The Marketing Value of Upgrading to Drupal 7 ASAP
Some websites want to make the jump straight from Drupal 6 to Drupal 8. But that could cost far more in the long run than upgrading to Drupal 7 in the interim.
Drupal 8 is almost here. This means that Drupal 6 will soon be out of support. Have you upgraded your site to Drupal 7, or will you be trying to upgrade to Drupal 8 directly, later? Here are some marketing value considerations for switching to Drupal 7 before Drupal 8 comes out.
Drupal 6 will soon be deprecated.
Every software release, and every Drupal release, has its expected lifespan. Drupal has a two releases lifespan, which means that the current and the previous versions are supported, and the older versions are dropped. As time goes onward, so does the technology and the market. As developers shift their attention to new horizons, older versions of software are dropped and are no longer supported. As the market, tools, and code develop, it becomes increasingly hard to find a developer willing or able to unravel the dust of an old Drupal website. With Drupal 8’s coming, the Drupal industry will be shifting to a new horizon, and Drupal 6 sites will be increasingly expensive and hard to maintain. Retro cars can cost a small fortune. Retro sites can cost a large one.
Catching the optimal upgrade time.
When is the optimal time to upgrade to a newer version of Drupal? There are two factors there: finance and technology.
- The technological factor, basically, is the readiness of the newer Drupal version for upgrade.
- Financially, the cost of upgrade changes in time as well - the more the newer version is ready for upgrade, the cheaper and painless it will be.
Every new release initially has a higher cost of migration and maintenance. As existing modules are adjusted for a new release, new modules are being written, and bugs are being squashed, a release becomes cheaper and easier to migrate to and support. Then, when a new version is released, an older version continues to enjoy it’s “plateau of comfort” for some time. Then, as the time approaches the deprecation period, the “comfort plateau” ends, and maintenance prices begin to grow again. An ideal time to migrate would be in the end of the “comfort plateau” and before it becomes increasingly expensive to maintain, and late to upgrade. This is an adjusted picture that I initially saw in Vesa Palmu’s post, explaining why the end of 2010 was right time to upgrade to Drupal 7. As you can see, it’s a burning issue now in 2014. This is a crude scheme, but it gives you a general understanding of how each release plateaus down to a minimal support cost, but then goes up again, as it closes deprecation. As you can see, if you have not upgraded yet, then you are already slightly late. As time goes on, maintenance costs will grow.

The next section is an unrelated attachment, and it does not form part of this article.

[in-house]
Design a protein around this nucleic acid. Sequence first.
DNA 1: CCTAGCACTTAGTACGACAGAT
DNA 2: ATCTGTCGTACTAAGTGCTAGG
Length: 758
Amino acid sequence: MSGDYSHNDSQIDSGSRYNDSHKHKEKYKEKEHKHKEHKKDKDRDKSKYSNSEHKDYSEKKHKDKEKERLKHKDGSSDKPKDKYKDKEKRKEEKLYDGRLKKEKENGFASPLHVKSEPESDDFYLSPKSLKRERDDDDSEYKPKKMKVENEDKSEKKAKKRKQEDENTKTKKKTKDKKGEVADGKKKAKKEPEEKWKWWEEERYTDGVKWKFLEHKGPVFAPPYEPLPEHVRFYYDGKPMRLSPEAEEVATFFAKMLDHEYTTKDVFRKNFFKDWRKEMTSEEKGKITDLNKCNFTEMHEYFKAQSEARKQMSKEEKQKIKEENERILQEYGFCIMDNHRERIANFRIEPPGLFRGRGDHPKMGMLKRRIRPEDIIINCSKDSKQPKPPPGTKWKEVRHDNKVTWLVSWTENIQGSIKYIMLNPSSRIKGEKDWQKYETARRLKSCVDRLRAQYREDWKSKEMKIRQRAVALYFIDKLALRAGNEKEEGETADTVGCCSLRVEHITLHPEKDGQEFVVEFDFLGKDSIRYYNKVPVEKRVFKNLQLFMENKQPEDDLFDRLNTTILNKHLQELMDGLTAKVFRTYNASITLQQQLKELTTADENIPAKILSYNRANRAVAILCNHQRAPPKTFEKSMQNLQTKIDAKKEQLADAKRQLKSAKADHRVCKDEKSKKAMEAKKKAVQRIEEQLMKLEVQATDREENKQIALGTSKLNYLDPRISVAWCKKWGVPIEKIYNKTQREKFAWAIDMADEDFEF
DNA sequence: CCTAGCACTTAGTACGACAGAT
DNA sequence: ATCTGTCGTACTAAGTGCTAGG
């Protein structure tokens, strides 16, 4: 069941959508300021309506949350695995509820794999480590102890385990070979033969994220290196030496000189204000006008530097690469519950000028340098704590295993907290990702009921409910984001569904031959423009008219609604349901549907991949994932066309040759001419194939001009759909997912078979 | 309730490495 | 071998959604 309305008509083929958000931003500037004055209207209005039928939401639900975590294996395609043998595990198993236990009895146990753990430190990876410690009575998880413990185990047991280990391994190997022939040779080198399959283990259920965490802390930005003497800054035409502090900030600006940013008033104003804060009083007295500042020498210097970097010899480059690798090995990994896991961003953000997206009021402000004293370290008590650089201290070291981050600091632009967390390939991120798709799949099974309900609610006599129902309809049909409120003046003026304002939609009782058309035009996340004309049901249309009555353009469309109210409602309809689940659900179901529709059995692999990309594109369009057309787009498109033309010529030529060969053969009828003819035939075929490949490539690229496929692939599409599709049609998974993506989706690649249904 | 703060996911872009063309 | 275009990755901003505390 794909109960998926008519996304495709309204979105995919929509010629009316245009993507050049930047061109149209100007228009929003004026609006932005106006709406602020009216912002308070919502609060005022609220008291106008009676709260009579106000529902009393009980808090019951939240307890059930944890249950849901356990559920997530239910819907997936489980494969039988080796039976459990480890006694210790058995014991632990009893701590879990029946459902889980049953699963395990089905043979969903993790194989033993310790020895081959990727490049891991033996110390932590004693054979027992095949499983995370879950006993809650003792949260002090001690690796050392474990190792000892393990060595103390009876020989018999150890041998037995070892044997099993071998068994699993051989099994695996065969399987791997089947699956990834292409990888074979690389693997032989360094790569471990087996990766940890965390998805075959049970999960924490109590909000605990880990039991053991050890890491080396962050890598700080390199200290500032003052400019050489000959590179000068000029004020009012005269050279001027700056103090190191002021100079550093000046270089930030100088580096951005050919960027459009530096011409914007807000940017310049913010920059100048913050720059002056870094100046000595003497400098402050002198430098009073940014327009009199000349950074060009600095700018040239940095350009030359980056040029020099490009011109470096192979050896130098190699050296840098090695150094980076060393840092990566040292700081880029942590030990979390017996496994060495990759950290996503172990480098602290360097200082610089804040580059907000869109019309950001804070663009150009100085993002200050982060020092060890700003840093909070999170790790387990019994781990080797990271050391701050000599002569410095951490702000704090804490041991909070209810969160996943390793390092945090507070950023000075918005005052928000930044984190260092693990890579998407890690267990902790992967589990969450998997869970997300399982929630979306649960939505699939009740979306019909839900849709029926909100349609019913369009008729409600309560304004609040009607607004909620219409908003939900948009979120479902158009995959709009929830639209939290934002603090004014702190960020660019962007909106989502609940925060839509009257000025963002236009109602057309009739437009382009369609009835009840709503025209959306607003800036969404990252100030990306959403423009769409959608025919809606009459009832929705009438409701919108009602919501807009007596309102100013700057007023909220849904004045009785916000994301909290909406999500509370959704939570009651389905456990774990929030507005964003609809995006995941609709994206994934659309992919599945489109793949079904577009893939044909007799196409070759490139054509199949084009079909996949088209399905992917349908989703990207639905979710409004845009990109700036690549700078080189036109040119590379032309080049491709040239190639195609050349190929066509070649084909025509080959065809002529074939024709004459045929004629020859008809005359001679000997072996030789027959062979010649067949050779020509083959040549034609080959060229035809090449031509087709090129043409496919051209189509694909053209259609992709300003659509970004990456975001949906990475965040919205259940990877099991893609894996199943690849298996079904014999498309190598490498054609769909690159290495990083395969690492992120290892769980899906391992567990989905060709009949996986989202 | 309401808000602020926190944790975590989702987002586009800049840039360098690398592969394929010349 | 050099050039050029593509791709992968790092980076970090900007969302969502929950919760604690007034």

Timely upgrades introduce consistency, both technical and experiential. Each new version of Drupal brings new technology and interactive patterns to site maintainers, writers, bloggers, and all admin users, even if the facade remains absolutely the same. Drupal 7 has introduced entities, better and easier content creation, fields in core, and made Drupal 6 look obsolete technologically and experientially. It is more prudent technologically and psychologically to make a timely transition. Technologically, most of the web sites running on Drupal 6 are upgradeable to Drupal 7. The core and most of the contrib modules are easily upgradeable. On the other hand, waiting until Drupal 8 and then upgrading to it is likely to require a much harder migration, or, in the worst cases, rebuilding of the site, and salvaging the content. It is also easier to identify with the logical next step product psychologically and get to know how it works, rather than appear in a situation when your site has skipped over a couple of releases, and you have to learn everything anew. Of course, for many people this may not be as important for as the financial factor is. The decision of whether to follow consistent migrations softly, or undergo a drastic costly revamp in migration over multiple versions much later is a decision that also has its financial bearing. For example, have you ever met a kid you knew a long time ago, only to discover that he’s grown up and you can no longer recognize him? That’s experiential consistency.